著者
伊藤 章 市川 博啓 斉藤 昌久 佐川 和則 伊藤 道郎 小林 寛道
出版者
一般社団法人 日本体育学会
雑誌
体育学研究 (ISSN:04846710)
巻号頁・発行日
vol.43, no.5-6, pp.260-273, 1998-11-10 (Released:2017-09-27)
被引用文献数
7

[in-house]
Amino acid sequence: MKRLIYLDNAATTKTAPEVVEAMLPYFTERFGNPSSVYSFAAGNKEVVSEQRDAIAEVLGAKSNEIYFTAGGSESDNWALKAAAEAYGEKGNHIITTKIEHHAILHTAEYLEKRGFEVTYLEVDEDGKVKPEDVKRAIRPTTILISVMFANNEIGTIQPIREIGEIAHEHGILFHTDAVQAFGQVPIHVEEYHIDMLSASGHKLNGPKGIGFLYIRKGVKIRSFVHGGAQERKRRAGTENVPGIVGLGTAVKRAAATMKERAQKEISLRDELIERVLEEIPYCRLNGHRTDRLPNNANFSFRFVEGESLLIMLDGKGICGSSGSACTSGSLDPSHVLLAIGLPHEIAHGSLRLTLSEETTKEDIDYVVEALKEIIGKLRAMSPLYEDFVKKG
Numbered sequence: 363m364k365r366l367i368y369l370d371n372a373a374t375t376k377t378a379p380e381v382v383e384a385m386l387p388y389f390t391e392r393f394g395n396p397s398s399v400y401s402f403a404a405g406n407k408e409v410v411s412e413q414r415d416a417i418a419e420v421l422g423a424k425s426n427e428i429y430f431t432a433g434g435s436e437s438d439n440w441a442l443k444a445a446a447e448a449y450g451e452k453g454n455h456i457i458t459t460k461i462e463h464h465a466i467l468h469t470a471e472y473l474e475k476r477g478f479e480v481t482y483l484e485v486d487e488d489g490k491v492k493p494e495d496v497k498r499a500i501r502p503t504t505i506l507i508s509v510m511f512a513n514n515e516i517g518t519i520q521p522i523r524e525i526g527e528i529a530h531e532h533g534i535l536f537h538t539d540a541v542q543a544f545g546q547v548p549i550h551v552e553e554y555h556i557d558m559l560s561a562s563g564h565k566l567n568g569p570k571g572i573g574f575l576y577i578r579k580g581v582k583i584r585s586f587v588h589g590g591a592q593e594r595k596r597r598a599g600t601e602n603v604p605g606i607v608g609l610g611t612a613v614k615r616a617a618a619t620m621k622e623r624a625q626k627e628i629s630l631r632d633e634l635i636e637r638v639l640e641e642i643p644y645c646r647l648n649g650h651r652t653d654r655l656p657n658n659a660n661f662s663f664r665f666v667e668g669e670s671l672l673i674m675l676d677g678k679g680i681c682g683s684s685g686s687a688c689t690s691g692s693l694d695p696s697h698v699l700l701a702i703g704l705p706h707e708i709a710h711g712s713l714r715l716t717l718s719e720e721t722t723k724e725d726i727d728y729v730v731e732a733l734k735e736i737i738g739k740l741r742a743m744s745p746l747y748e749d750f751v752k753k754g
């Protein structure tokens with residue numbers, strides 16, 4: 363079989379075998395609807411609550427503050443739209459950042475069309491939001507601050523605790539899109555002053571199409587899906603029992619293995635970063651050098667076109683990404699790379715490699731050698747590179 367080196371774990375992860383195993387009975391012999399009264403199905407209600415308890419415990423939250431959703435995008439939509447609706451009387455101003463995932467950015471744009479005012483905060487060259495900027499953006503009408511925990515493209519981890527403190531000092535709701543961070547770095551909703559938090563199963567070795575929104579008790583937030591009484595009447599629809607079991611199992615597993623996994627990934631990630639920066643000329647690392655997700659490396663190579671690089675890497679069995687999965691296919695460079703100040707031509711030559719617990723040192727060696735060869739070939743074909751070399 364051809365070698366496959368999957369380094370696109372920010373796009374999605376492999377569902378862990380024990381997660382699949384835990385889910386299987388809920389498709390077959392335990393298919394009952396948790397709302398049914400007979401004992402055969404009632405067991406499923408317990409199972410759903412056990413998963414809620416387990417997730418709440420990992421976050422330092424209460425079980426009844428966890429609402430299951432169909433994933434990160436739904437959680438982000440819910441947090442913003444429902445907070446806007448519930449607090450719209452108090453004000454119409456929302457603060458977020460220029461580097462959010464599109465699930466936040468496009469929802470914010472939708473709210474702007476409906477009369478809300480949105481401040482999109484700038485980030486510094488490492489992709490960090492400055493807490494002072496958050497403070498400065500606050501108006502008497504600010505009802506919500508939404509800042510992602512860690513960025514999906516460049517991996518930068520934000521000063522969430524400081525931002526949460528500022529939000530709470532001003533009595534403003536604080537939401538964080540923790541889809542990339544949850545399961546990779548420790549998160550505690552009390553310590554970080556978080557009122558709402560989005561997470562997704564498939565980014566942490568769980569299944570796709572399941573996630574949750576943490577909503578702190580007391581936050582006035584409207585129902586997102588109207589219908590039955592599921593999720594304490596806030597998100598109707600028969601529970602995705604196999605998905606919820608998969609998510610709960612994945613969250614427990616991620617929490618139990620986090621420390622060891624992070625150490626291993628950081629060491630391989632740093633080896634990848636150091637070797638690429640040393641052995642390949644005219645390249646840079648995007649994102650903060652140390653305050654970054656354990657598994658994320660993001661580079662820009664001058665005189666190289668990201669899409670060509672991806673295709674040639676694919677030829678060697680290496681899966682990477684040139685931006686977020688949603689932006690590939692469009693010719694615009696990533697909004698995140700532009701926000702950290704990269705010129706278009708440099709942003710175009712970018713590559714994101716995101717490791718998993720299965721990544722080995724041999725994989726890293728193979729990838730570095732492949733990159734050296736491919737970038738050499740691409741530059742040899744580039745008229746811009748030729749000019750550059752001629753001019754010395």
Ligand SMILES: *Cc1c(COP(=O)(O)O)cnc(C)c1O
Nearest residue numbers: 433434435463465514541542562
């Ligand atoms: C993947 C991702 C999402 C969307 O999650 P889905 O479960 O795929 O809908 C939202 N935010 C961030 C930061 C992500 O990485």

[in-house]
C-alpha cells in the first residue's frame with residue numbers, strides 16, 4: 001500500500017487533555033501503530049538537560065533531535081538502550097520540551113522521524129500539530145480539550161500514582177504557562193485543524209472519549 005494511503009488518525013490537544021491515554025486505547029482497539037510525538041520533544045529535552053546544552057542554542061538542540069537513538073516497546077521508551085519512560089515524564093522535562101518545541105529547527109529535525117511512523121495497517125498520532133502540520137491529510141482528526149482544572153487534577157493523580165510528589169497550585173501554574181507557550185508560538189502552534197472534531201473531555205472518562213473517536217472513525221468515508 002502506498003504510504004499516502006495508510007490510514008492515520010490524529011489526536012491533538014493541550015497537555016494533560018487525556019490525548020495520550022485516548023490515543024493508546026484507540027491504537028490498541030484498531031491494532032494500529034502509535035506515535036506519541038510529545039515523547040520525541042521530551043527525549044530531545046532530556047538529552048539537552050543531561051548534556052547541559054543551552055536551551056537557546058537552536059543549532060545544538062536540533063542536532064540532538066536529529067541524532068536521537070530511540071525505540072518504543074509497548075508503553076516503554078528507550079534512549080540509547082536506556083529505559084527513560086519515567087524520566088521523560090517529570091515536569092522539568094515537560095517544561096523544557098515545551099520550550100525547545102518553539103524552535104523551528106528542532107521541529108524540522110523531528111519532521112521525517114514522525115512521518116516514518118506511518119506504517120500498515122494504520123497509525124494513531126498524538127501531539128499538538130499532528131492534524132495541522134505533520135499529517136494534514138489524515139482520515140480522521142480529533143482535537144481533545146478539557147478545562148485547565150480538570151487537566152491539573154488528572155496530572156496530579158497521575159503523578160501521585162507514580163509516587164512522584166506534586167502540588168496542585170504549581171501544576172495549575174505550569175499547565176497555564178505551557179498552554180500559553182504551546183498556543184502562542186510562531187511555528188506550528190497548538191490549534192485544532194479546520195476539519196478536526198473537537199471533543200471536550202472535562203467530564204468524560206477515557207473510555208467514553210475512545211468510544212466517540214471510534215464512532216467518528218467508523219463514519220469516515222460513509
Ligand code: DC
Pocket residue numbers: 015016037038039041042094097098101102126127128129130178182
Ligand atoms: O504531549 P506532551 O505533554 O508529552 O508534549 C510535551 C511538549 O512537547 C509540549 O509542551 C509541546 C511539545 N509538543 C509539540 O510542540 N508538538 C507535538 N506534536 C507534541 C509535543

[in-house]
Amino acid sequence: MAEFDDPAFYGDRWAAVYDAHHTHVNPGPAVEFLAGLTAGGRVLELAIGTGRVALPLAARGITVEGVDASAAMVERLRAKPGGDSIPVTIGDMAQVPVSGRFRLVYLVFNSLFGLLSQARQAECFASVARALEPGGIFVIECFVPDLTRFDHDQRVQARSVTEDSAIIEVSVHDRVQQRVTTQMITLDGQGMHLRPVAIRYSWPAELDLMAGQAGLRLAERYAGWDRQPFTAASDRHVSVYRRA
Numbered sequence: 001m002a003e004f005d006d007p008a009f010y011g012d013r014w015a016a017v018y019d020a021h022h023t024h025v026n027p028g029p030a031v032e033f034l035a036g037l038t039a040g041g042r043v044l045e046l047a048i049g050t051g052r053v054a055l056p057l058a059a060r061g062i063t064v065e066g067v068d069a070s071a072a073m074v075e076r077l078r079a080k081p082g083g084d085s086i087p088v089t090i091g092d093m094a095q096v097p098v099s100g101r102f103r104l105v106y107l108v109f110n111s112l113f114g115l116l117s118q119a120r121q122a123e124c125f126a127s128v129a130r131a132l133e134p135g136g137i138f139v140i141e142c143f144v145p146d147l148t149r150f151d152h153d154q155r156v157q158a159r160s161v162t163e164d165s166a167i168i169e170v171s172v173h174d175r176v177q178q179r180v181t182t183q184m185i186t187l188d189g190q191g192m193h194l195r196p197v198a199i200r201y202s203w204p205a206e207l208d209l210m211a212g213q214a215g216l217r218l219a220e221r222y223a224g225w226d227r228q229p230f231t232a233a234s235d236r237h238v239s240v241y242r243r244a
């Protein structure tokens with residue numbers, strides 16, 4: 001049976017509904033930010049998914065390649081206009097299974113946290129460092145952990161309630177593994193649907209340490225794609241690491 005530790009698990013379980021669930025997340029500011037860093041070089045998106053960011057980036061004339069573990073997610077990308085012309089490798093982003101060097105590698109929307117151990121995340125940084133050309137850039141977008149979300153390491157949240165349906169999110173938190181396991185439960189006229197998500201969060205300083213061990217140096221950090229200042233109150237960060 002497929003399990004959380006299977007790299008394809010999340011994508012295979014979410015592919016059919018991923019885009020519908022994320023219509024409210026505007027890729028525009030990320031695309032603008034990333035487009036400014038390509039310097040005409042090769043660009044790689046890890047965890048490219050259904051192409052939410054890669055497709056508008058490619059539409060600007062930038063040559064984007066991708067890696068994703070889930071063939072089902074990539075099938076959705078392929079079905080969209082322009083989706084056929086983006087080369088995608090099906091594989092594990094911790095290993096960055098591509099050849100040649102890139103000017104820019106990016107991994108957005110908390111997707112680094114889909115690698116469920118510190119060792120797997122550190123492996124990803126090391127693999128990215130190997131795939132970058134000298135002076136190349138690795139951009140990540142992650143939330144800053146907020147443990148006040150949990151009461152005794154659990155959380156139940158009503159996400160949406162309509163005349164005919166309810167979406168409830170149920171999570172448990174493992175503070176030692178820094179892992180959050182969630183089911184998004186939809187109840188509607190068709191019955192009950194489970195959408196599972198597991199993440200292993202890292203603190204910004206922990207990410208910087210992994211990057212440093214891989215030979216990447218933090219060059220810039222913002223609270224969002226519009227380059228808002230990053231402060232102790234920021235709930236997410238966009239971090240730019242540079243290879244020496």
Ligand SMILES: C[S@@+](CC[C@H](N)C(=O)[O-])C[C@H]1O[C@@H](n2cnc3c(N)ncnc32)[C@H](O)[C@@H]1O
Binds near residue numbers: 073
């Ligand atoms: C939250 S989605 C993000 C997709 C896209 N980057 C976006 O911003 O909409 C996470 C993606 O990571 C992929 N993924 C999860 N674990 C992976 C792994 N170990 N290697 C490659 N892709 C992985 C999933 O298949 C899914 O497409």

The present study was designed to investigate the kinematic factors related to sprint running velocity. The subjects were 71 sprinters(49 males and 22 females)who ranged from world class to collegiate level. Movements were recorded around the 60-m point from the start line during a 100-m race(during official races including world championships in athletics, or under experimental conditions)using 16-mm movie or video cameras. The official best time during recording of the movements was 9.86. The correlation coefficients between kinematic data(see Fig.1)and sprint running velocity were calculated for three groups(male, female, and all sprinters). Step length and step length index(step length/body height to exclude the effects of body height)were correlated positively and significantly with sprint running velocity for all groups(male, female, and all sprinter). Step frequency and step frequency index[step frequency・(body height/gravitational acceleration)^<1/2>to exclude the effects of body height]were correlated positively and significantly with sprint running velocity for all groups except male sprinters with regard to step frequency. With regard to leg swing, maximal thigh angle and maximal leg angle showed no significant correlation with sprint running velocity, but the minimal knee angle showed a singificant negative correlation with sprint running velocity for both male and all sprinters. These results suggest that the purpose of high knee drills generally carried out during training needs to be reconsidered. The maximal leg touch down velocity showed a significant positive correlation with sprint running velocity for both female and all sprinters. This probably means that the leg touch down velocity acts to reduce the deceleration at the moment of foot contact and to accelerate the subsequent leg swing back velocity during the foot contact phase. As for the support leg, the maximal leg swing velocity showed a significant positive correlation with sprint running velocity for all groups. Although the maximal hip extension velocity during the foot contact phase was correlated positively and significantly with sprint running velocity for male sprinters, the maximal knee and ankle extension velocity showed a significant negative correlation with sprint running velocity for female and all sprinters. These results suggest that the knee should not be extended to transfer the hip extension velocity effectively to the leg swing velocity during the foot contact period. This was borne out by the fact that the top sprinters entered in the present study hardly extended the knee of the driving leg during the foot contact phase.

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